24. MattKing

    MattKing Subscriber

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    Clothes dryers throw tremendous amounts of lint into the air.

    And scanners will make every piece of lint or dust or anything similar on or near your negatives appear obvious!
     
  25. canvassy

    canvassy Member

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    The first image is dust and little hairs/fibers on the negative. I have a cat, and her little hairs are a pain for scanning :smile:

    One tip I've read, is to run the hot shower for a minute before you hang up your film. The shower humidity will make the dust fall out of the air. I hang my negatives to dry in the shower with the curtain closed.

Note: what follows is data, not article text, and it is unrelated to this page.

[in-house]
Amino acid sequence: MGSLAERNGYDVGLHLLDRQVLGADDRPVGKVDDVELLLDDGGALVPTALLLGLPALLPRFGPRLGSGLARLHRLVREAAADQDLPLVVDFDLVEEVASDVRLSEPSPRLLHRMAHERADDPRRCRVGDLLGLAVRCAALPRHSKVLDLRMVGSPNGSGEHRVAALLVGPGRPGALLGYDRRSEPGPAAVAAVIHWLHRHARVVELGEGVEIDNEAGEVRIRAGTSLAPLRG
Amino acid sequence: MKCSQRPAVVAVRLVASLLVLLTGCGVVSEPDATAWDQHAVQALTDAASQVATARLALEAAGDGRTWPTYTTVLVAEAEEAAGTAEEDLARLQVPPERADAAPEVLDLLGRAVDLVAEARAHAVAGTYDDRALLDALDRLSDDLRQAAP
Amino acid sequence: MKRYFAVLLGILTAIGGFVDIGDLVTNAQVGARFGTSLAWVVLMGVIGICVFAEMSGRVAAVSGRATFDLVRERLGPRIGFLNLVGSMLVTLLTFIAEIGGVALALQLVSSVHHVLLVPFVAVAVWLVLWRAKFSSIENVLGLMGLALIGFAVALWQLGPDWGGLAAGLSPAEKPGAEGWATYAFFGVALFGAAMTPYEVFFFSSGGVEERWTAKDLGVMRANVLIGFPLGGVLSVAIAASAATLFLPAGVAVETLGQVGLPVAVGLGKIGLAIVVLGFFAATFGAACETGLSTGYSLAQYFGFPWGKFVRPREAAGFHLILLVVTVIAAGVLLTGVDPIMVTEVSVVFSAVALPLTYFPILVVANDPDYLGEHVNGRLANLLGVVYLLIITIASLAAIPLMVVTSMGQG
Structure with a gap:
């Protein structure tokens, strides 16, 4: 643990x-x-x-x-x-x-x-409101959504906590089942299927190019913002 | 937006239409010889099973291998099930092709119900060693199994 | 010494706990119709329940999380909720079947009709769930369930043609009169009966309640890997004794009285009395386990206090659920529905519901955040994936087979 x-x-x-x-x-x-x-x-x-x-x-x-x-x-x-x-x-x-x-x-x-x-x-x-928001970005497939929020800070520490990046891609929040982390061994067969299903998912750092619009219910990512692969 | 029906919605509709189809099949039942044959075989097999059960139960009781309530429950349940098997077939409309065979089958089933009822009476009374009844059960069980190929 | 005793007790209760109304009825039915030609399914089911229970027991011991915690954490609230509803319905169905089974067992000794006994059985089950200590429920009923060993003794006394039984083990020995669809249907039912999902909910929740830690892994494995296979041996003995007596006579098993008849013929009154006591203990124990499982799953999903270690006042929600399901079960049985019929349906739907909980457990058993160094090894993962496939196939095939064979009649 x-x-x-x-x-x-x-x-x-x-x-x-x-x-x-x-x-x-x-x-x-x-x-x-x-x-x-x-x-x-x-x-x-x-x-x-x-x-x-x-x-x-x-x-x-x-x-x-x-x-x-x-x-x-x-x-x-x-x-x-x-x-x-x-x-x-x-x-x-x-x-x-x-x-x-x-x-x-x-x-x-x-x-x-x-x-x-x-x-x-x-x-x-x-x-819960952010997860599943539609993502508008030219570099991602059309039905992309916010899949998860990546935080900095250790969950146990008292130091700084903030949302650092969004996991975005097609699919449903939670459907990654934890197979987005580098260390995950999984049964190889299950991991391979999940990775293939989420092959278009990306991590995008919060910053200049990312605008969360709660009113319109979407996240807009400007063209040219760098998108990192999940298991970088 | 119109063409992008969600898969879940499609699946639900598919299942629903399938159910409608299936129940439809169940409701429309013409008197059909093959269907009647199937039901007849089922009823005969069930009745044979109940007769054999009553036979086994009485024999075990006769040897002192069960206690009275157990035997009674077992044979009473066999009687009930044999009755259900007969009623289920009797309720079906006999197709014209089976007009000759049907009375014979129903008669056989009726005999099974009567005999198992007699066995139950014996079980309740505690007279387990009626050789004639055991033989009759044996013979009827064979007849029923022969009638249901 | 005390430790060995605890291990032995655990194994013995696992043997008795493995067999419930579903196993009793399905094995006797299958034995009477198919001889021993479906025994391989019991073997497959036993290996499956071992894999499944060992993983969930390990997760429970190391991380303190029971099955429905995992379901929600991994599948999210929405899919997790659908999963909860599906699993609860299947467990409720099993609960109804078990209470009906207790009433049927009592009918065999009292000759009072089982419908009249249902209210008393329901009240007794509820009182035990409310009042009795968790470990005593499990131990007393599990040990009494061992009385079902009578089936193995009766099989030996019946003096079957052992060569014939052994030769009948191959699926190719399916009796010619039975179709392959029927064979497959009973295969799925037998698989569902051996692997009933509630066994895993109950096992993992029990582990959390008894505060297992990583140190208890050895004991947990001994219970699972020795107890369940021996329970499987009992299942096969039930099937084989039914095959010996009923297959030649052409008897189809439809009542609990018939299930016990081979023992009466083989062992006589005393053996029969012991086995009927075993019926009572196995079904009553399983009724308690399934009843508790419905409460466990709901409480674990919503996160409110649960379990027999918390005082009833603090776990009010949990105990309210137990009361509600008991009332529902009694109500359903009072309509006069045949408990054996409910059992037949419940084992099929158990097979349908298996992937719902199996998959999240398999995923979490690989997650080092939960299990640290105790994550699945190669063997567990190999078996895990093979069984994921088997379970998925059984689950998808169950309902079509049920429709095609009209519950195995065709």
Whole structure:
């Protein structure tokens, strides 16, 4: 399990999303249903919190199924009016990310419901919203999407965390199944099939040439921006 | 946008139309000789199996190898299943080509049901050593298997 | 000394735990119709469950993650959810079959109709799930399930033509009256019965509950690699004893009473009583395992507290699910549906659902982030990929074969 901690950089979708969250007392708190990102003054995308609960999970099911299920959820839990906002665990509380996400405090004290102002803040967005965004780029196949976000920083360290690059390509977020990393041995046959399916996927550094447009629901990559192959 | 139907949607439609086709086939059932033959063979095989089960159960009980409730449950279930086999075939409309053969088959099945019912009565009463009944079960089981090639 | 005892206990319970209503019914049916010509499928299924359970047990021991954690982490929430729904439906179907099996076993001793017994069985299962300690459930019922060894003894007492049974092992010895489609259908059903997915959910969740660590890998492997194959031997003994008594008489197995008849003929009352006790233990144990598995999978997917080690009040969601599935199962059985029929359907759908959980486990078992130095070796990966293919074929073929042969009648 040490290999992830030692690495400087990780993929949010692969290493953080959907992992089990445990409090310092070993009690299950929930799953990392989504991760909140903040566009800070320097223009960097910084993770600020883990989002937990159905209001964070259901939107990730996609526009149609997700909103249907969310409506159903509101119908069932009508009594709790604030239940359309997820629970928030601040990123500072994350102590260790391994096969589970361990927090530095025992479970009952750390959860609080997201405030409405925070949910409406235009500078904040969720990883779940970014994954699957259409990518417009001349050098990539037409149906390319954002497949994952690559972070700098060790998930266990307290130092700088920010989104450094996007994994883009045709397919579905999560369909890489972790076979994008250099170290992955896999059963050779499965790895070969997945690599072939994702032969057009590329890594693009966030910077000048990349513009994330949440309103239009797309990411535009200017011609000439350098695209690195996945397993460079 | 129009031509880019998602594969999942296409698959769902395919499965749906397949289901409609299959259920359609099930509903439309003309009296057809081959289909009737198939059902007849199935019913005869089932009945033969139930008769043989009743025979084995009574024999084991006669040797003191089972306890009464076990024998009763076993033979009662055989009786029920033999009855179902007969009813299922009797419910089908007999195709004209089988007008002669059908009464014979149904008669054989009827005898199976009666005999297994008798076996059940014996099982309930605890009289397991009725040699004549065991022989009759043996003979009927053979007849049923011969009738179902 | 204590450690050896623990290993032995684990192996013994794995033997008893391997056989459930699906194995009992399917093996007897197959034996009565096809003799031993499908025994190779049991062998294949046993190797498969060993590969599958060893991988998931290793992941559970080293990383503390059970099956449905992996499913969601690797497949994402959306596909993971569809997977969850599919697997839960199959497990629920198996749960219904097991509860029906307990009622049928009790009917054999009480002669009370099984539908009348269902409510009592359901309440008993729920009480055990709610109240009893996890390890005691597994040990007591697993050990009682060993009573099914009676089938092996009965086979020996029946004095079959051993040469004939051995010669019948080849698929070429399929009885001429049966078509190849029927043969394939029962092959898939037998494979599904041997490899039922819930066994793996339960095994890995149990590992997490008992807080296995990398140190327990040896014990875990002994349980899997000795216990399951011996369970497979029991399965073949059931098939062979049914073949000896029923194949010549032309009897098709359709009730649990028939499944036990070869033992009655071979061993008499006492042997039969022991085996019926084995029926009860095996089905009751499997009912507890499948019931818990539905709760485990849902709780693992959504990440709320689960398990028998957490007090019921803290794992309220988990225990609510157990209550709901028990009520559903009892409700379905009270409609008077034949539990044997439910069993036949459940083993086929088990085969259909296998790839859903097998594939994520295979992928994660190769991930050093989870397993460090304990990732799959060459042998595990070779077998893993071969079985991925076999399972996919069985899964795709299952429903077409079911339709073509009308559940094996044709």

I too have had the black dots on my images like your second photo. They don't seem to wipe off. It's like they're stuck to the emulsion. I'm not sure what causes it bull I'll be following the thread here to hopefully find a solution.
     
  26. OP
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    Odot

    Odot Member

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    The second developed roll turned out to be much better, i did change my clothes for developing into functional sports clothes (you know, sweat absorbing nylon/polyester stuff for running) to minimize dust and it did help. Other than that, i went about it the same way. I did clean up a few dust spots here and there.

    [​IMG]img192 by odotpap, on Flickr

    [​IMG]img198 by odotpap, on Flickr

    [​IMG]img209 by odotpap, on Flickr

    [​IMG]img217 by odotpap, on Flickr

    [​IMG]img211 by odotpap, on Flickr

    [​IMG]img197 by odotpap, on Flickr